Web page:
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Legal & General surveyed nearly 2,500 consumers and discovered little more than one in ten had the insurance which can provide a vital financial helpline to people who are unable to work through illness or injury.

The finding echoes that of consumer rights and campaigning group Which? who described income protection as “a must-have insurance for most working adults, but one few of us currently have.”

“Whilst these findings are not particularly surprising given the historical picture, they remain disappointing because they potentially place so many families and homes at risk,” commented Chase Templeton’s Commercial Director, Richard Holden. “The cover itself need not be expensive with a range of options giving consumers flexibility over the level of insurance they want to purchase and, therefore, the size of their premium. Long-term plans offer the strongest reassurance as they will typically pay out 50-70 percent of your income until you can return to work, reach retirement age or die. But people worried and stretched in the current economic climate can opt for lower cost fixed term schemes.”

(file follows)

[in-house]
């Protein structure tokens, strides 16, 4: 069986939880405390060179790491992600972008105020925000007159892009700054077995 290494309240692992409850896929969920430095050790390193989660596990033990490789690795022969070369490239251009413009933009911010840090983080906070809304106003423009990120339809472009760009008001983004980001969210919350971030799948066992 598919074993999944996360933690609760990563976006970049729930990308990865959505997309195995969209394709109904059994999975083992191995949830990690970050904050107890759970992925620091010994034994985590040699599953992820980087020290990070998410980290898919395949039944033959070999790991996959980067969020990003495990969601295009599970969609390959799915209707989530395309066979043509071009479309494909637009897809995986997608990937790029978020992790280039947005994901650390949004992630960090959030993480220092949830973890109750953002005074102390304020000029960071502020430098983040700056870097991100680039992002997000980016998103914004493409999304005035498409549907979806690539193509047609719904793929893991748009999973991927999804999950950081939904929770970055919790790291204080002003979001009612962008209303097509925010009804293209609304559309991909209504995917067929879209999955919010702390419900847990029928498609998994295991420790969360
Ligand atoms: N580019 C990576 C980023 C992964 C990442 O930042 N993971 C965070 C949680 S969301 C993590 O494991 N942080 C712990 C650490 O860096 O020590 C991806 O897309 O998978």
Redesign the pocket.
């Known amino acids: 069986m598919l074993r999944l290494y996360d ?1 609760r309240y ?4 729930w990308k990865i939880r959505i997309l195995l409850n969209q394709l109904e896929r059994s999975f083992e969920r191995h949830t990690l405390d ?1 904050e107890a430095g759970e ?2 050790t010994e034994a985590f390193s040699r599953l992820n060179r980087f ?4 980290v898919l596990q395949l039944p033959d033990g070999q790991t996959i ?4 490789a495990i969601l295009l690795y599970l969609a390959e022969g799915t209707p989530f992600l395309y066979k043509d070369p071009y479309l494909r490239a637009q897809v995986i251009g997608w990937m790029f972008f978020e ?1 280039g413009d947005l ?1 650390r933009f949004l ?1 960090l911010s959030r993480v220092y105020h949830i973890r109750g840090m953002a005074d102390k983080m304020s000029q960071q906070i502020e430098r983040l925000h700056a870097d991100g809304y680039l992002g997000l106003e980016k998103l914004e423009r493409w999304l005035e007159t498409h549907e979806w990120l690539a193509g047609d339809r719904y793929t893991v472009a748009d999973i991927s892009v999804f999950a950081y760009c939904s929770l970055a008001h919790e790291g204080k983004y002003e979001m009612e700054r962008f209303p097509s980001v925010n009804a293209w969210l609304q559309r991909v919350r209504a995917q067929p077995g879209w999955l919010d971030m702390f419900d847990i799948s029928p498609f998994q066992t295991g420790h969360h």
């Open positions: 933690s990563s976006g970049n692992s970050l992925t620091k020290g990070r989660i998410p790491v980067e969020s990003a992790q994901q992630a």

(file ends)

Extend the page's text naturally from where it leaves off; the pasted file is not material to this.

The same survey also revealed that the most popular financial protection strategy employed by British consumers was to save. However, the failings of this tactic were laid bare by the finding that the average family had managed to squirrel away an average of only £660. That’s just £80 more than the single average monthly mortgage payment, calculated by Halifax this time last year – before the latest house price boom, for someone who had laid down a 30 percent deposit on their home.

Similarly worrying was L&G’s discovery that 69 percent of people had neither critical illness insurance nor life cover in place.